Coaching Employees with Chronic Health Conditions to Support Career Success
Original Air Date: August 22, 2017
Presenters: Joy Beatty, PhD; Alyssa McGonagle, PhD; and Rosalind Joffe, M.Ed.
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Due to improvements in disease management, environmental factors, and an aging population, more employees than ever are working while living with some kind of debilitating chronic health condition. Continuing to work is considered beneficial because it helps maintain structure and normalcy. However, these employees often face an array of challenges that include but aren't limited to: taking care of their health needs while keeping their jobs, getting the "workarounds" they need to manage symptoms, communicating around their limitations, and planning for long-term career objectives. This webinar's presenters developed and tested a coaching intervention designed to help employees effectively manage chronic illnesses in the workplace, and their results show that coaching offers sustained benefits for this population to improve personal resilience and to reduce burnout. During this webinar, the presenters share their findings from this study, as well as advice from a practicing coach on ways to support these employees.
Following this presentation, participants will be able to:
understand the challenges of working with chronic health conditions and why common organizational policies fall short in addressing needs.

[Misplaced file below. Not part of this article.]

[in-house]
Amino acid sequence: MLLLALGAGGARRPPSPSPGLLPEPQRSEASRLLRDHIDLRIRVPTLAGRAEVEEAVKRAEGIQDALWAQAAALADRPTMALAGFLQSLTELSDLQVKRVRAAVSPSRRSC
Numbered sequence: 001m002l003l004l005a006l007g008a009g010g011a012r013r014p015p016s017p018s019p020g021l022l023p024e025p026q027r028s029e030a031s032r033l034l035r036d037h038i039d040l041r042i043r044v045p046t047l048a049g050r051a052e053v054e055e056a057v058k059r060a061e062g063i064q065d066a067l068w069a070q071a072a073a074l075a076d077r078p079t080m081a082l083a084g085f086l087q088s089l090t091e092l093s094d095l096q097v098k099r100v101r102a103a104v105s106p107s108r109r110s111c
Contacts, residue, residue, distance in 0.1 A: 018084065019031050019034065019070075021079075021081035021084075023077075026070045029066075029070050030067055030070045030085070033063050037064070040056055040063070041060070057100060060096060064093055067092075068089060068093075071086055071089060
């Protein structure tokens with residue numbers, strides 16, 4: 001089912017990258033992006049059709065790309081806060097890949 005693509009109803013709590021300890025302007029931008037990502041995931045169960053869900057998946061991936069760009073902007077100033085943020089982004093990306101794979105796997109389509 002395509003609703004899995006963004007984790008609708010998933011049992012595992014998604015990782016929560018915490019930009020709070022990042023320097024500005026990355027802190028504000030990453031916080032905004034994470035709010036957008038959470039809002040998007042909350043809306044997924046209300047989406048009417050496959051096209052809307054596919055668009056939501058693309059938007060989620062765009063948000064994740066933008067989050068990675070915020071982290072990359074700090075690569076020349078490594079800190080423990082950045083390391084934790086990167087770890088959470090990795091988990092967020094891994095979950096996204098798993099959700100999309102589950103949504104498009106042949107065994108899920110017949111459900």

outline the typical issues that clients living with chronic health conditions may experience.
identify a short-term coaching framework that has been empirically shown to be effective for this population.
summarize the special considerations of coaching this population.
About the Presenters
Dr. Joy Beatty is an Associate Professor of Management at the University of Michigan-Dearborn, and she received her doctorate in Organization Studies from Boston College in 2004. Her research area is chronic illness and disability in the workplace, with publications in the Academy of Management Review, Journal of Occupational Health Psychology, Journal of Business and Psychology, and Employee Rights and Responsibilities. She is especially interested in issues of stigma and disclosure of hidden health conditions.
Dr. Alyssa McGonagle is an Assistant Professor of Psychology and Organizational Science at the University of North Carolina at Charlotte. She completed a Ph.D. in Psychology (Industrial/Organizational) with an emphasis in Occupational Health Psychology at the University of Connecticut in 2011. She was also an Assistant Professor of Industrial/Organizational Psychology at Wayne State University from 2011-2016. Dr. McGonagle’s research broadly focuses on workers’ health, safety, and well-being. She currently has a particular interest in developing and evaluating interventions to promote well-being, work ability, and quality of working life for workers with potentially disabling chronic health conditions. Dr. McGonagle has received funding for her research from the Institute of Coaching, the Alfred P. Sloan Foundation, and the SIOP Foundation. She has published her research in the Journal of Applied Psychology, the Journal of Occupational Health Psychology, and the Journal of Business and Psychology, among others. She is on the editorial boards of Stress and Health, Occupational Health Science, and the Journal of Business and Psychology.
Rosalind Joffe, founder and principal of the coaching firm ciCoach, holds an M.Ed. Boston University, is ICF accredited and is a Medical Coach Institute and Focusing practitioner. Building on her own experience in living with chronic illnesses for almost 40 years, Rosalind has coached hundreds of individuals to improve their quality of life while living with difficult health. Rosalind brings her coaching expertise to the intersection of work and health/illness. She is a co-author of Women, Work and Autoimmune Disease: Keep Working, Girlfriend! (Demos Health) and also publishes a blog, Working with Chronic Illness.